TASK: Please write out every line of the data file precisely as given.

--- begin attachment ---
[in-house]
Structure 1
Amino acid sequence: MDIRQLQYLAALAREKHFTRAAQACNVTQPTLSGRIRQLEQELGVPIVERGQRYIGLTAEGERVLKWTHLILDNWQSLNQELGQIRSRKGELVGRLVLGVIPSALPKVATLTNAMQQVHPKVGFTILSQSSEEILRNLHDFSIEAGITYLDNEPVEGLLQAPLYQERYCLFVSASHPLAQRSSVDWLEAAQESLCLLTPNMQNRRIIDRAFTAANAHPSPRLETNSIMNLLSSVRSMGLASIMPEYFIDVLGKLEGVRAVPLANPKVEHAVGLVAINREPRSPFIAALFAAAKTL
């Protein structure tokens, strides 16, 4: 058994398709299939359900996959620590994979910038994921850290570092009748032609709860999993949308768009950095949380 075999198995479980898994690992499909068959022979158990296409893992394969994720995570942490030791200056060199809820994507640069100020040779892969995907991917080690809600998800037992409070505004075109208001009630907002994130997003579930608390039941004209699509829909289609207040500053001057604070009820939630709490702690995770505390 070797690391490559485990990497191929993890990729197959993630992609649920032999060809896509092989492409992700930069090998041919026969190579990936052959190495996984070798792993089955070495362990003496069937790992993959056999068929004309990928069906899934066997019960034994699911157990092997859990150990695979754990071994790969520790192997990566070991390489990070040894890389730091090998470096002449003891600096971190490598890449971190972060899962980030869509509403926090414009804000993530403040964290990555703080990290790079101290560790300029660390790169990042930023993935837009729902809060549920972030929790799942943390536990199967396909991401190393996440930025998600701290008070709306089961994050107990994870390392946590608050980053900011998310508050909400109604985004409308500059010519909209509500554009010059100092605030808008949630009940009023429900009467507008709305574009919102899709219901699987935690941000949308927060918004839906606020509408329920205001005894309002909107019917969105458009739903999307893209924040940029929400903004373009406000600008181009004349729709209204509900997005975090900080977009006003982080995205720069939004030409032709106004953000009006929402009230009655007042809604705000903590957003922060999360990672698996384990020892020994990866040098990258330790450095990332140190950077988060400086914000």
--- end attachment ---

[in-house]
Structure 1
Amino acid sequence: MDIRQLQYLAALAREKHFTRAAQACNVTQPTLSGRIRQLEQELGVPIVERGQRYIGLTAEGERVLKWTHLILDNWQSLNQELGQIRSRKGELVGRLVLGVIPSALPKVATLTNAMQQVHPKVGFTILSQSSEEILRNLHDFSIEAGITYLDNEPVEGLLQAPLYQERYCLFVSASHPLAQRSSVDWLEAAQESLCLLTPNMQNRRIIDRAFTAANAHPSPRLETNSIMNLLSSVRSMGLASIMPEYFIDVLGKLEGVRAVPLANPKVEHAVGLVAINREPRSPFIAALFAAAKTL
């Protein structure tokens, strides 16, 4: 058994398709299939359900996959620590994979910038994921850290570092009748032609709860999993949308768009950095949380 075999198995479980898994690992499909068959022979158990296409893992394969994720995570942490030791200056060199809820994507640069100020040779892969995907991917080690809600998800037992409070505004075109208001009630907002994130997003579930608390039941004209699509829909289609207040500053001057604070009820939630709490702690995770505390 070797690391490559485990990497191929993890990729197959993630992609649920032999060809896509092989492409992700930069090998041919026969190579990936052959190495996984070798792993089955070495362990003496069937790992993959056999068929004309990928069906899934066997019960034994699911157990092997859990150990695979754990071994790969520790192997990566070991390489990070040894890389730091090998470096002449003891600096971190490598890449971190972060899962980030869509509403926090414009804000993530403040964290990555703080990290790079101290560790300029660390790169990042930023993935837009729902809060549920972030929790799942943390536990199967396909991401190393996440930025998600701290008070709306089961994050107990994870390392946590608050980053900011998310508050909400109604985004409308500059010519909209509500554009010059100092605030808008949630009940009023429900009467507008709305574009919102899709219901699987935690941000949308927060918004839906606020509408329920205001005894309002909107019917969105458009739903999307893209924040940029929400903004373009406000600008181009004349729709209204509900997005975090900080977009006003982080995205720069939004030409032709106004953000009006929402009230009655007042809604705000903590957003922060999360990672698996384990020892020994990866040098990258330790450095990332140190950077988060400086914000």